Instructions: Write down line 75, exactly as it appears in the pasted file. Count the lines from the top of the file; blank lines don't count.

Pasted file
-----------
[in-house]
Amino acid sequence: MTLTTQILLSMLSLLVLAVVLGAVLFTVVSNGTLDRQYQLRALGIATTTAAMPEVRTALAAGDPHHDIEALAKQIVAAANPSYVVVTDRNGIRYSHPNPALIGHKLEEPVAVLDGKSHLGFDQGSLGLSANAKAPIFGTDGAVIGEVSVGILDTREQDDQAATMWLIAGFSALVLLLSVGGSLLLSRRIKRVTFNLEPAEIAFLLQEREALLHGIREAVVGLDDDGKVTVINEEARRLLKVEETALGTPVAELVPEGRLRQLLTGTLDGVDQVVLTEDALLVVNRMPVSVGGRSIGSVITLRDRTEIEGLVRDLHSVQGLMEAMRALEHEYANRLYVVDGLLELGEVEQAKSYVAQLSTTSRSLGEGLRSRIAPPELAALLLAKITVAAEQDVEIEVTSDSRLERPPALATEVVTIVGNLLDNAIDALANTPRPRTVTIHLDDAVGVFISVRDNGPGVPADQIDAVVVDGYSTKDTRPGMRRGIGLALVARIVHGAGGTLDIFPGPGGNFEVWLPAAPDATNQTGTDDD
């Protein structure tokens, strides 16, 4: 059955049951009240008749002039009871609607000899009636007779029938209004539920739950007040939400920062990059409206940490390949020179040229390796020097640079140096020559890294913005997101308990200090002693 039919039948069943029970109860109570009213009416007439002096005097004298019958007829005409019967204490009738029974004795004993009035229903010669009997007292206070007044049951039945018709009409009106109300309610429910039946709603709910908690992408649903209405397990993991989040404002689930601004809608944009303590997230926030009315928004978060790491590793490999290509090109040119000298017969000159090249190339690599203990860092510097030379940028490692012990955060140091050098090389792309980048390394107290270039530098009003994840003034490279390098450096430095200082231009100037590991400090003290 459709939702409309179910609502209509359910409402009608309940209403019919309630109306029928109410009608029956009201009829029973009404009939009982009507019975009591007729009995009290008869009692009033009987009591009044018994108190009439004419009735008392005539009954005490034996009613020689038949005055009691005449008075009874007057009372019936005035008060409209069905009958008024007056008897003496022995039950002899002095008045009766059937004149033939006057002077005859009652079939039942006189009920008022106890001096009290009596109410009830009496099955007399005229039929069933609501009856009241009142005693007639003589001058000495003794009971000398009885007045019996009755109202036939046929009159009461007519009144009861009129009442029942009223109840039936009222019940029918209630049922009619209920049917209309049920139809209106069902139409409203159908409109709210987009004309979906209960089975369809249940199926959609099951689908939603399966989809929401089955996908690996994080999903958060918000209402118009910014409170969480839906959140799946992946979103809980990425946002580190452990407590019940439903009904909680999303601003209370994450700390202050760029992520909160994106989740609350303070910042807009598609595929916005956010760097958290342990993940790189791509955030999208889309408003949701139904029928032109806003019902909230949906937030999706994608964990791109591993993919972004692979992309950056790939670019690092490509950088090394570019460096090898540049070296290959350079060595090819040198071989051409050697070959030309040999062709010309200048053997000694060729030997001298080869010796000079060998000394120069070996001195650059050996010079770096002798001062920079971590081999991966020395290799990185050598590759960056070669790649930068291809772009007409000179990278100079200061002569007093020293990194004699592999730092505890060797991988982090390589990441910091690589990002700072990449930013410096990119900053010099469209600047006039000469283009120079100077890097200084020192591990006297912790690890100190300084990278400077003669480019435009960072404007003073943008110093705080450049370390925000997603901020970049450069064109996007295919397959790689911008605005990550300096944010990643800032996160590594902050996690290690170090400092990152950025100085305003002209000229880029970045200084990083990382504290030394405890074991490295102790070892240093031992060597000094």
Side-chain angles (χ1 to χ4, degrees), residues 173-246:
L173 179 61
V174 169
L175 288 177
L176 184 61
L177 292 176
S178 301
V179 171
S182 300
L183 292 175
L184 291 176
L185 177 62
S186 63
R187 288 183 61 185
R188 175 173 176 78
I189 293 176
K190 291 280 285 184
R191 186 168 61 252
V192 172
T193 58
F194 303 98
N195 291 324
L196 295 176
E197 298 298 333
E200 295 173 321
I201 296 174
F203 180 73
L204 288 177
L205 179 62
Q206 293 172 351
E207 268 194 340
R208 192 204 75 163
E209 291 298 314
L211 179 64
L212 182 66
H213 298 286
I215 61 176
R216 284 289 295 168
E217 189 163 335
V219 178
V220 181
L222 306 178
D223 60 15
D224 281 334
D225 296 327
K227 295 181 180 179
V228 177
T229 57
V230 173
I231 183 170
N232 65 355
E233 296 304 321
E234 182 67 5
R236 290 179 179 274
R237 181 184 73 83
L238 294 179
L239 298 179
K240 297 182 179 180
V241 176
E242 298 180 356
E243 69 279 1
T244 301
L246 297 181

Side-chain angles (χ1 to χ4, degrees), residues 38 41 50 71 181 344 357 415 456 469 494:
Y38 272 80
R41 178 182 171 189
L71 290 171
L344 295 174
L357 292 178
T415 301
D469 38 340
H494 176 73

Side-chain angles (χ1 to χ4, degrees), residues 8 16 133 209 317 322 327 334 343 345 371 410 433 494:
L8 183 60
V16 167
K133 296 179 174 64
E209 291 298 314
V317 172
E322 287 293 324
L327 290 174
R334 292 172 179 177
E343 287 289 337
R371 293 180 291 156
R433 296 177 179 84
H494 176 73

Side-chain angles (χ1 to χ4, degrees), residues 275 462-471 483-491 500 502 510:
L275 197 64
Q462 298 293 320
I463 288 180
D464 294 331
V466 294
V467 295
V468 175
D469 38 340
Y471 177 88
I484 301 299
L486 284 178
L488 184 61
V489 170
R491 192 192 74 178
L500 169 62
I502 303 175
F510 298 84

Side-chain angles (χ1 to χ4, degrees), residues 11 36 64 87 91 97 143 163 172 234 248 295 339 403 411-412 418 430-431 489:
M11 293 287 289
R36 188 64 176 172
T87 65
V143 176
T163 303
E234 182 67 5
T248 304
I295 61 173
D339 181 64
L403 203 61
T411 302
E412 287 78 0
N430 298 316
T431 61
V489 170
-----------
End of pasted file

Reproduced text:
H494 176 73